• infant mortality ‘high’
    • life expectancy ‘low’
    • illiteracy ‘widespread’
    • unemployment ‘endemic


Shift of political power as cause of crisis

  • the shift:
  • US debacle in Vietnam
  • Portuguese defeat in Africa
  • Israeli difficulties in the 1973 War
  • the entry of the PRC into the Security Council of the United Nations
  • caused by first and second oil shocks
    • 1st: followed the Kippur War of 1973 as a form of retaliation of the Arab oil producers against the Western countries, which had given their support to Israel 
    • 2nd: Iranian Rev + Soviet invasion of Afghanistan + war with Iraq => further hike in oil prices (disrupted oil production) + crisis of confidence in the US dollar
  • combined with crisis of US hegemony (economic powerhouse that controlled capital flows) meant worsening terms of trade for most non-oil-producing Third World countries.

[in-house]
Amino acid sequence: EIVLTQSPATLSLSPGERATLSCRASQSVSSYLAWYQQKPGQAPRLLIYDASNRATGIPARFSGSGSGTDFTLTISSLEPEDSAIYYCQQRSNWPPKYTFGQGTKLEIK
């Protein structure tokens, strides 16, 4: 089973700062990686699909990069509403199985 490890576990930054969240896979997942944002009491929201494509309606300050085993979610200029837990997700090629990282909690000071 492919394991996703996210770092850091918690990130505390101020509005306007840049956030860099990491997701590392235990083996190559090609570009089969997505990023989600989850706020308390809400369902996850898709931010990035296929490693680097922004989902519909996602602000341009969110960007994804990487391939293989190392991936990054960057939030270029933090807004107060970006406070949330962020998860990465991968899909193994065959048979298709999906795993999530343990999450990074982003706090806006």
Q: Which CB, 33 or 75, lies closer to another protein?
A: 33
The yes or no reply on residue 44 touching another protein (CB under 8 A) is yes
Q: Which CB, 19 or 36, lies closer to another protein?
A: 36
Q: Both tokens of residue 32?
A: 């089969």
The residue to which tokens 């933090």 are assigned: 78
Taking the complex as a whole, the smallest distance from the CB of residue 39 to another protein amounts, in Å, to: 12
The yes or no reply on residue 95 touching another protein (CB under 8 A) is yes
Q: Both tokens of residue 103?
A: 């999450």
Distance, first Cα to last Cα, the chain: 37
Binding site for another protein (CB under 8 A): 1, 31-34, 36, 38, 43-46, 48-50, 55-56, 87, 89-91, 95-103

Emergence of Washington Consensus

  • accompanied the change in US policies in the military and financial spheres 
  • a set of 10 economic policy prescriptions considered to constitute the "standard" reform package promoted for crisis-wracked developing countries by Washington, D.C.-based institutions such as the International Monetary Fund (IMF), World Bank and United States Department of the Treasury.
  • 3rd world countries were recommended to open up their national economies to:
  •  intensifying world-market competition
  • rival each other and First World countries in creating within their jurisdictions the greatest possible freedom of movement and action for capitalist enterprise 
  • => contributed to consolidating the bifurcation in the fortunes of Third World regions. 


Dependence on foreign capital as cause of crisis

dependence became unsustainable due to the redirection of capital flows to the US => regions became vulnerable



Colonial causes of crisis

Analysed in terms of labor, entrepreneurship and state/national economy formation


  • in pre-colonial times—the import of guns and the export of slaves— worsened whatever structural shortage of labour relative to natural resources might have existed in the region as it resulted in low pop dens. and small markets (scarce factor not land but labor)